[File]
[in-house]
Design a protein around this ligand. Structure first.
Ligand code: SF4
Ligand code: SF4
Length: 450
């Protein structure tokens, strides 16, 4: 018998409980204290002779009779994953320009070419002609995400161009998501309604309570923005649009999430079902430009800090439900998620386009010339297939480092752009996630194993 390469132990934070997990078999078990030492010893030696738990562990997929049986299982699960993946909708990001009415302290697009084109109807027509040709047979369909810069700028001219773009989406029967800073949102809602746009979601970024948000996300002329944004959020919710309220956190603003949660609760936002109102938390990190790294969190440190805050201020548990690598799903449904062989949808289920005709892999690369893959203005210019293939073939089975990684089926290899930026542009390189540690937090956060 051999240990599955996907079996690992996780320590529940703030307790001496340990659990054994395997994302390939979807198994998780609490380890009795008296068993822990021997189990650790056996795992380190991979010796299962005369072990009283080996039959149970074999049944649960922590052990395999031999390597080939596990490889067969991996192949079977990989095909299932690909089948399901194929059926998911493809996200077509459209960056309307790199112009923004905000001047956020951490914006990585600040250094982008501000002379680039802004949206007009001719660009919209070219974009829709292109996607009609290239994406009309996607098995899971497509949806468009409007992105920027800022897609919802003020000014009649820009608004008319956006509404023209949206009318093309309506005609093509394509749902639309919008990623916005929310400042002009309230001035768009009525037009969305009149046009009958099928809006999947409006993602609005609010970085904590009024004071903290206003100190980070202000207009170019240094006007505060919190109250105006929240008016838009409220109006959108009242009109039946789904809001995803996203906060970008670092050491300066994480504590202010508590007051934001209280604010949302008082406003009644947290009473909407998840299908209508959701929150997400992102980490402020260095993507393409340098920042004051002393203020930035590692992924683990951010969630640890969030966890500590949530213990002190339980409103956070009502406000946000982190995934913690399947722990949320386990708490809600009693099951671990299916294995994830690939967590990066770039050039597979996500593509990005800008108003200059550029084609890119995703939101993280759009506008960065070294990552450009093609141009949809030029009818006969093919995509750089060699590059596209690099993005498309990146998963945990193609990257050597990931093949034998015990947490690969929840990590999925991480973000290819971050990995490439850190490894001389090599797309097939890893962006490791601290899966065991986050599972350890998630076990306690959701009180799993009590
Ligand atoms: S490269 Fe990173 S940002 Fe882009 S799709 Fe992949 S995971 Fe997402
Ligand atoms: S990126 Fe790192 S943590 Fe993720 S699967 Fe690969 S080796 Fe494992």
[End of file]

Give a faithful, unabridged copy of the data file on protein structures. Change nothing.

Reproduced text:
[in-house]
Design a protein around this ligand. Structure first.
Ligand code: SF4
Ligand code: SF4
Length: 450
């Protein structure tokens, strides 16, 4: 018998409980204290002779009779994953320009070419002609995400161009998501309604309570923005649009999430079902430009800090439900998620386009010339297939480092752009996630194993 390469132990934070997990078999078990030492010893030696738990562990997929049986299982699960993946909708990001009415302290697009084109109807027509040709047979369909810069700028001219773009989406029967800073949102809602746009979601970024948000996300002329944004959020919710309220956190603003949660609760936002109102938390990190790294969190440190805050201020548990690598799903449904062989949808289920005709892999690369893959203005210019293939073939089975990684089926290899930026542009390189540690937090956060 051999240990599955996907079996690992996780320590529940703030307790001496340990659990054994395997994302390939979807198994998780609490380890009795008296068993822990021997189990650790056996795992380190991979010796299962005369072990009283080996039959149970074999049944649960922590052990395999031999390597080939596990490889067969991996192949079977990989095909299932690909089948399901194929059926998911493809996200077509459209960056309307790199112009923004905000001047956020951490914006990585600040250094982008501000002379680039802004949206007009001719660009919209070219974009829709292109996607009609290239994406009309996607098995899971497509949806468009409007992105920027800022897609919802003020000014009649820009608004008319956006509404023209949206009318093309309506005609093509394509749902639309919008990623916005929310400042002009309230001035768009009525037009969305009149046009009958099928809006999947409006993602609005609010970085904590009024004071903290206003100190980070202000207009170019240094006007505060919190109250105006929240008016838009409220109006959108009242009109039946789904809001995803996203906060970008670092050491300066994480504590202010508590007051934001209280604010949302008082406003009644947290009473909407998840299908209508959701929150997400992102980490402020260095993507393409340098920042004051002393203020930035590692992924683990951010969630640890969030966890500590949530213990002190339980409103956070009502406000946000982190995934913690399947722990949320386990708490809600009693099951671990299916294995994830690939967590990066770039050039597979996500593509990005800008108003200059550029084609890119995703939101993280759009506008960065070294990552450009093609141009949809030029009818006969093919995509750089060699590059596209690099993005498309990146998963945990193609990257050597990931093949034998015990947490690969929840990590999925991480973000290819971050990995490439850190490894001389090599797309097939890893962006490791601290899966065991986050599972350890998630076990306690959701009180799993009590
Ligand atoms: S490269 Fe990173 S940002 Fe882009 S799709 Fe992949 S995971 Fe997402
Ligand atoms: S990126 Fe790192 S943590 Fe993720 S699967 Fe690969 S080796 Fe494992």